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|The East Coast Championships will run this week, featuring a 6-star supported by Vans. Can big names make up for small waves?|
Summer's days are numbered this year. And that means you will be grabbing hold of the crew you surfed with this summer -- the salt-crusted guys and sun-drenched gals you did dawn patrols, boat days, beach parties, road trips, evening glass offs, and summer concerts with -- to do one more epic mission to end the summer.
You get the idea that's what the Gilgo Beach, N.Y. kids were thinking back in 1961 when they gathered up the homies they had surfed with all summer and held the first East Coast competition in August. The event grew the next year and this time the Virginia pioneers made the trip. By 1964, the decision was made to move this fledgling East Coast Surfing Championships to Virginia Beach. And that's where it has stayed. And this year the contest celebrates its 50th year with a very serious pro event that begins Monday.
Vans first got involved in the Coastal Edge ECSC a few years back with the Joel Tudor Duct Tape Classic. Last year, they tacked on an ASP 4-star. That would have been the big news if the event didn't run in an unheard of two days before Hurricane Irene swallowed VB whole. This year, Vans has kicked down a $155,000 purse for a full six-star. There's also a Vans Junior Pro.
And that means East Coasters will actually have a shot at building some points toward the World Tour, or at least some prime events. But it also means Californians, Euros, Hawaiians and a swarm of Brazilians will roll into VB guns blazing. So the points and money won't come easy -- and that's to the surfers who even get into the ECSC.
Just take a look at the heavies Virginia Beach will play host to this year: Nate Yeomens, Brian Toth, Joan Duru, Mitch Coleborn, Tanner Gudauskas and Chris Ward. It's a formidable contingent. Right now, Nat Young is the top seed. He won the Vans Junior Pro here last year and is currently No. 18 on the ASP World Rankings.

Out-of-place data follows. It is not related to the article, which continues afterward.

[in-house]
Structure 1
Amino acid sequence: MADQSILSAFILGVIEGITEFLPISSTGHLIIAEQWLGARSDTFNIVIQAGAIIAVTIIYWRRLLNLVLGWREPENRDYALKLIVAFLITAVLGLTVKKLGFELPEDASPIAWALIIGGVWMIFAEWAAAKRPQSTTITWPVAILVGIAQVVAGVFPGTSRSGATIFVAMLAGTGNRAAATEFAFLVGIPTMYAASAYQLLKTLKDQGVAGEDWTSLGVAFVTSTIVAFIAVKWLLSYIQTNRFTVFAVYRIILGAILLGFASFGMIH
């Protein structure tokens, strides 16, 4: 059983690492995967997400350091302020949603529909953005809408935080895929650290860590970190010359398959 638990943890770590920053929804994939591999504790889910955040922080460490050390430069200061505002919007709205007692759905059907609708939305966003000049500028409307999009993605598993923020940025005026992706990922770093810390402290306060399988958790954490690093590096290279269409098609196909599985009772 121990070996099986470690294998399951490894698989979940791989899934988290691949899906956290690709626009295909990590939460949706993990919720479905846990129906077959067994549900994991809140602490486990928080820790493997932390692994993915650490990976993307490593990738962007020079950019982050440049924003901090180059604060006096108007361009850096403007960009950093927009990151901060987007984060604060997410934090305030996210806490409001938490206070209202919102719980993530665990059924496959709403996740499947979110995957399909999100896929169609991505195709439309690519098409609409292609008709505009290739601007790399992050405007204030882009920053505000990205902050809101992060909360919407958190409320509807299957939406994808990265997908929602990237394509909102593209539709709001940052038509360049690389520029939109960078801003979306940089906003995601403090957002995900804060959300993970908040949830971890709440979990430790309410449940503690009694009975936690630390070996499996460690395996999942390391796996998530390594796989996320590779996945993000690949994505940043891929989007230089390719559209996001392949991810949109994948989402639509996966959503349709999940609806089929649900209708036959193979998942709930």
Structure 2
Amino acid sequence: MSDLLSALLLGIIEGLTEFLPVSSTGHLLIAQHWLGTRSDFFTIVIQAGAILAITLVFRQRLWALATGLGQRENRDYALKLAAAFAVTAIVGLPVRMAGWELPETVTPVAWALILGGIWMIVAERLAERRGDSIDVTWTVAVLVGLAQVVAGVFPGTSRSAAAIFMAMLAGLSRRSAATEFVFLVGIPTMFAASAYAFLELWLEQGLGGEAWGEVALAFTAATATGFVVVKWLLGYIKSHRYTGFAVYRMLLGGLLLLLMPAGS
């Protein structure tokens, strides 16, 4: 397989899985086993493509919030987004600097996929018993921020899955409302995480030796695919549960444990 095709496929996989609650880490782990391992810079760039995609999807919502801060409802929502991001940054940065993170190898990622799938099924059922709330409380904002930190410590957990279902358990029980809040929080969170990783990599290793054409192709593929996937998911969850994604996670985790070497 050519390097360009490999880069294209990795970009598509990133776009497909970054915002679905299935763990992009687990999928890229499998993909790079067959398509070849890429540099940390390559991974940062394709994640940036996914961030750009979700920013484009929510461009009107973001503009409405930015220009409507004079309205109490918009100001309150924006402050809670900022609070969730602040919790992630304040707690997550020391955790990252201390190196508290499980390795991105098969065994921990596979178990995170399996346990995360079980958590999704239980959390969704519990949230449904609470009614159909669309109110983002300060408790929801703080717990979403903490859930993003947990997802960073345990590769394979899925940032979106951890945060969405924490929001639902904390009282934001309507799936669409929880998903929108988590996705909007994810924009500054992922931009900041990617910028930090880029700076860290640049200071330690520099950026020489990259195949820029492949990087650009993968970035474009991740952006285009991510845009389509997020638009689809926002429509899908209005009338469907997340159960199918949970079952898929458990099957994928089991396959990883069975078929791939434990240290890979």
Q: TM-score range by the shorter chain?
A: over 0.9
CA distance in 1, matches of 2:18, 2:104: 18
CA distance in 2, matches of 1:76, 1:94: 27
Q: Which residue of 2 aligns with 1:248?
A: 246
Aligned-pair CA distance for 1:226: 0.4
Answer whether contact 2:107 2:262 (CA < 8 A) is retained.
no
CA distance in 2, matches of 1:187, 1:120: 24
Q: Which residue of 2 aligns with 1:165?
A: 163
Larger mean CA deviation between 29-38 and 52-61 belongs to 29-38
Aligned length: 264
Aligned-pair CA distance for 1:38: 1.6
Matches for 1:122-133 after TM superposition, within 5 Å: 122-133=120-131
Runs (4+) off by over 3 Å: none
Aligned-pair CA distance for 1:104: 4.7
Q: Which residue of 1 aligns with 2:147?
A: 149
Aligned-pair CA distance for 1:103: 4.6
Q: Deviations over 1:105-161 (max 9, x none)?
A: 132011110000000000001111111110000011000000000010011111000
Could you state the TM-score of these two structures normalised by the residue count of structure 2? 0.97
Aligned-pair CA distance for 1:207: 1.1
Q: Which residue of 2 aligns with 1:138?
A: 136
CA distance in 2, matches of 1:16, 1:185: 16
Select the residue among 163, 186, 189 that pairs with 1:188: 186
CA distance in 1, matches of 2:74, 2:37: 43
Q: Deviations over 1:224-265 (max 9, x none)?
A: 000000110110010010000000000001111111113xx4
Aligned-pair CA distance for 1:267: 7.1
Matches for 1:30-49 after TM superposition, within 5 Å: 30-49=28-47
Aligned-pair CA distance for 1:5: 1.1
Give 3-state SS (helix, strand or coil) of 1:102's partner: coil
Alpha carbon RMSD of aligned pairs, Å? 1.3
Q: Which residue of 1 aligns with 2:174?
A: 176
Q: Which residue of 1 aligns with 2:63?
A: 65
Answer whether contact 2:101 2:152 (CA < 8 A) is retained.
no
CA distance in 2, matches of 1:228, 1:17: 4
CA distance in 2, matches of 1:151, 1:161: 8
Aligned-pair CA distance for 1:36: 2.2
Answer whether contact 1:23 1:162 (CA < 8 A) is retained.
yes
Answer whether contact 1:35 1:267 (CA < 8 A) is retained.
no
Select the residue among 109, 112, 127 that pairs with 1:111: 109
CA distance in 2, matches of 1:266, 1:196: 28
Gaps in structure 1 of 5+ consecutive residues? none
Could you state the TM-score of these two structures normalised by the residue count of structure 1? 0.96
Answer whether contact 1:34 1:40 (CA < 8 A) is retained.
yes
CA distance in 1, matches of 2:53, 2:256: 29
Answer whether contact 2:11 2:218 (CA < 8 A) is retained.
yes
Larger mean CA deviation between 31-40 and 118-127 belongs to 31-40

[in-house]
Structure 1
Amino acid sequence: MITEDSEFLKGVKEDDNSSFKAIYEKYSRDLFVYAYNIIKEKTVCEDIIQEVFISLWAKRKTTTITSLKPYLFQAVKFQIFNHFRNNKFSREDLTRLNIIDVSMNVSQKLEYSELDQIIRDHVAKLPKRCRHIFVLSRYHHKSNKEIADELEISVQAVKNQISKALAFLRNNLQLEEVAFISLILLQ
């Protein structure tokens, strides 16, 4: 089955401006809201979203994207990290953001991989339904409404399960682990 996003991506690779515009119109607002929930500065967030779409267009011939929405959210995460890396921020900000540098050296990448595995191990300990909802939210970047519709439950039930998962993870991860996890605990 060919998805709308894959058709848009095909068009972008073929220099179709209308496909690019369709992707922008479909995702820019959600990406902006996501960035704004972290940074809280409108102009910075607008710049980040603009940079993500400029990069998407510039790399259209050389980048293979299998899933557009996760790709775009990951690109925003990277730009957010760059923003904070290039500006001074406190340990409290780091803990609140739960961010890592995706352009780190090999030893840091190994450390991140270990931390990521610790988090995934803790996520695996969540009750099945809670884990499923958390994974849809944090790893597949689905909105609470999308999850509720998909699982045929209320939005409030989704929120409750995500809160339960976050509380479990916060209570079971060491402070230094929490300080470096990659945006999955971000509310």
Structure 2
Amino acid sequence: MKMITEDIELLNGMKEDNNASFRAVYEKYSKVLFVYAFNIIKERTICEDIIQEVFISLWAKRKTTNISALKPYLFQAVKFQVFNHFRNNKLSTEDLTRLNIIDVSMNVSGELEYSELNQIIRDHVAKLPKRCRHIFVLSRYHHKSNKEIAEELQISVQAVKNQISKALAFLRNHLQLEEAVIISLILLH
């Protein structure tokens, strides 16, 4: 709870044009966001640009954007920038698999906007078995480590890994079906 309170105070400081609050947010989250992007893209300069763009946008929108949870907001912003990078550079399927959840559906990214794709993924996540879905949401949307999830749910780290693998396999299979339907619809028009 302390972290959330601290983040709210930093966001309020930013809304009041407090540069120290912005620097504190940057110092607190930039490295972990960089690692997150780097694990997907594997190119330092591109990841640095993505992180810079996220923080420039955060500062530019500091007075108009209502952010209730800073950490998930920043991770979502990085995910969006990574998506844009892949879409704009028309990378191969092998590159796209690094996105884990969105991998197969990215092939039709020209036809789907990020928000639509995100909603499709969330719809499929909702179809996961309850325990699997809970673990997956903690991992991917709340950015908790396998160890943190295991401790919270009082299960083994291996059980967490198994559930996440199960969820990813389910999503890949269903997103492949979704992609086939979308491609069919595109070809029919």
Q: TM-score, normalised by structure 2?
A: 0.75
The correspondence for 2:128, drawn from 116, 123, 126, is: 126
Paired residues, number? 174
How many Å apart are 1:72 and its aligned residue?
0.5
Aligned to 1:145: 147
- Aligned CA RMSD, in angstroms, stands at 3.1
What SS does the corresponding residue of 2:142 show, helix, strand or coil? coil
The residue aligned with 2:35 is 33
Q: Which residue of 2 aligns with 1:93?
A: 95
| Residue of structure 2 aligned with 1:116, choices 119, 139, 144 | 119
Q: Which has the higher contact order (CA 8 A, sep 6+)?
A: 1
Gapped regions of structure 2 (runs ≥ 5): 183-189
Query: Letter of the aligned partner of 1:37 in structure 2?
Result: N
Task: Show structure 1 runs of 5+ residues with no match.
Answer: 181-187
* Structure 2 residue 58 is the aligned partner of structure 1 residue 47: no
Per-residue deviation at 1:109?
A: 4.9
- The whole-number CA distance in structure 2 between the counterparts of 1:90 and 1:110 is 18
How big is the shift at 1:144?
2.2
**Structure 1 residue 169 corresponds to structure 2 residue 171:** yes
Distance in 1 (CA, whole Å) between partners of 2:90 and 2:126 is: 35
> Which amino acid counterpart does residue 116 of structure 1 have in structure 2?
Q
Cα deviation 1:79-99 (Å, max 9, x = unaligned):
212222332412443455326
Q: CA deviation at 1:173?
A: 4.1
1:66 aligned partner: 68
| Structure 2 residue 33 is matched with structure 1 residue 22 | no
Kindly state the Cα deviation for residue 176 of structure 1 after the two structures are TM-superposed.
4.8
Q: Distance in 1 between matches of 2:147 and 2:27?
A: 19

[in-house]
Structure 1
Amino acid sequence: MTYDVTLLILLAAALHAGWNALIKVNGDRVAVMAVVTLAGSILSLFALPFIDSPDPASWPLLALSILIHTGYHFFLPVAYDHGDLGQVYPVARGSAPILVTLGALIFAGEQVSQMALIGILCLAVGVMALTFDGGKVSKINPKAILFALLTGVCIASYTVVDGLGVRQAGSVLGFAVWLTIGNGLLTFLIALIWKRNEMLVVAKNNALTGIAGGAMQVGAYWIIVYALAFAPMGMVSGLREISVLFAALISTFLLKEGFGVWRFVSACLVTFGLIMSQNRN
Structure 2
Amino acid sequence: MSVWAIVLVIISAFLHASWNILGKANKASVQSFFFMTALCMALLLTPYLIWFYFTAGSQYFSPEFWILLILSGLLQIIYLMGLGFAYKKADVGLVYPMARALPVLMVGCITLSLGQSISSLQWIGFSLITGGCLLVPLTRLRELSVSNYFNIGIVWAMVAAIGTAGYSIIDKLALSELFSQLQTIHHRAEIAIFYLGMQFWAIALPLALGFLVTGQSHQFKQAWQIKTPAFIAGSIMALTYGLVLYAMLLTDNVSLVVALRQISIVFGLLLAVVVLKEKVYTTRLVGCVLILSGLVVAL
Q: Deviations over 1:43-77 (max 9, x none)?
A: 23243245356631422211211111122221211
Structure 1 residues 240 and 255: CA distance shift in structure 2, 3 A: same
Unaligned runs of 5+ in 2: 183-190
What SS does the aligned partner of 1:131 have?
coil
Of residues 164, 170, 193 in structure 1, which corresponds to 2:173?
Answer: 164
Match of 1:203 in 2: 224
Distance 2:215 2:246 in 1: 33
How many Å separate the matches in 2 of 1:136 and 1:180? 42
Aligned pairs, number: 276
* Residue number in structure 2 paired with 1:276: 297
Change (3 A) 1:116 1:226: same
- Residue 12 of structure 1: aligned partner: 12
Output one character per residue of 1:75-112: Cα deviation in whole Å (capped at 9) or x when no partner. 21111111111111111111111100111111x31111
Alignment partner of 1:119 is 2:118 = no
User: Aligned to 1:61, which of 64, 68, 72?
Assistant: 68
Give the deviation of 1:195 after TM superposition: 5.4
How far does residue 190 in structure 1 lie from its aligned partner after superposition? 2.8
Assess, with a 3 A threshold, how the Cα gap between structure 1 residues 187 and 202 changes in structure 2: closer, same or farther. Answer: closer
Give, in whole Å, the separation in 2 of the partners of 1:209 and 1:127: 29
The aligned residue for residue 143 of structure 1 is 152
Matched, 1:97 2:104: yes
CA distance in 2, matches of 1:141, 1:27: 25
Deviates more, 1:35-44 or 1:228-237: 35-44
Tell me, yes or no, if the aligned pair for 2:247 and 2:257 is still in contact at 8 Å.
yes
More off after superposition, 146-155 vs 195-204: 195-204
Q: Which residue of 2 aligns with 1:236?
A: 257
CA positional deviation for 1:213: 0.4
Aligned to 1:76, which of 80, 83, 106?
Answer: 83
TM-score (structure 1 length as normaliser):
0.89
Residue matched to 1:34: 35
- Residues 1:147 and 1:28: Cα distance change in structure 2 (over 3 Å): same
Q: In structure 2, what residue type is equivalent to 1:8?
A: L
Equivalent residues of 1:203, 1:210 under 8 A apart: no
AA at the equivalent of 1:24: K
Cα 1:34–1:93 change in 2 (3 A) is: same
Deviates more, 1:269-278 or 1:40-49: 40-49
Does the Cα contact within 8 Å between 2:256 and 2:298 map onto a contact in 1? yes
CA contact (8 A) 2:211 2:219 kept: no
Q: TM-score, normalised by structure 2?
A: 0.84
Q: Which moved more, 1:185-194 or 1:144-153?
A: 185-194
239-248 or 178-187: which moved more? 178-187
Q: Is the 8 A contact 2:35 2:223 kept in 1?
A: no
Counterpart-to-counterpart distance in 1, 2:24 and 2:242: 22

|Nat Young is the top seed coming into the ECSC. He won the Vans Junior Pro last year before Hurricane Irene hit.|
"It's great that we have the ECSC at least. The U.S. doesn't have that many star events. Europe has the most, so it's cool that it's on the East Coast and not on another continent," said No. 1 seed Nat Young.
But do any Right Siders have a shot? It's a bleak age for the East Coast. Sure C.J. and Damien Hobgood are holding things down in Teahupoo, Tahiti, this week. And East Coasters will claim Kelly Slater to infinity, even if he seems to be more from Mars than Cocoa Beach. But not too many fellas from Florida, Virginia and North Carolina are even near the bubble. The closest would be Gabe Kling, who fell off the tour last December. Behind him is Evan Geiselman, the East Coast's next hope. Then there's Cory Lopez who was surfing 30-foot Chopes this time last year and Micheal Dunphy, Virginia's best shot since Wes Laine, 30 years ago (that's right, 30 years).
"I think it's cool that the ECSC is such a big contest this year. But it would be great to have a New York qualifying event and maybe one on the Outer Banks," offered Kling, who is currently No. 50 on the World Ranking.
He'd just driven 17 hours from St. Augustine to V.B. with his young family. Is he bummed to be slogging it out on the East Coast again? Not at all.
"Back in the day, there were four or five small East Coast WQS events in a row and it was a great time. The waves seemed to show and it was a solid way for young East Coasters to get some points without breaking the bank. I think we would all be stoked to see some of those come back to the East Coast."
That brings us to the forecast, which is looking about as good as a steaming hot bowl of grits on a 90-degree day in Virginia Beach. Let's just say that Surfline's V.B. outlook rhymes with "splat," for early week.
"Last year was pretty fun, and another time I was out there, we had waves too. This year doesn't look to promising," added Young, "But I need this result going into the second part of the year. I'm taking every opportunity."
Young has two boards that he feels pretty confident on in true grovel waves: a standard 5-11 epoxy shorty that he rode at the U.S. Open, and a new 5-6 flat, wide, model from Channel Islands that doesn't even have a name yet.
|One year ago, Gabe Kling was competing at Teahupoo. He fell off the tour soon after. Is he bitter to be in V.B.? No, he's happy that he has the chance at some points on the East Coast.|
The only swell hope currently is Invest 94, way across the Atlantic. It is predicted to intensify, but the models are uncertain if it will push through the Caribbean or curve into V.B.'s swell window. And even if it took the perfect track, the swell might not show by next weekend when the ECSC wraps up.
The BMX, flag football, skating, volleyball, bands and corn hole tournament are sure to keep everyone happy. But the surf show will go on. It has for 50 years, through knee-lappers and hurricanes.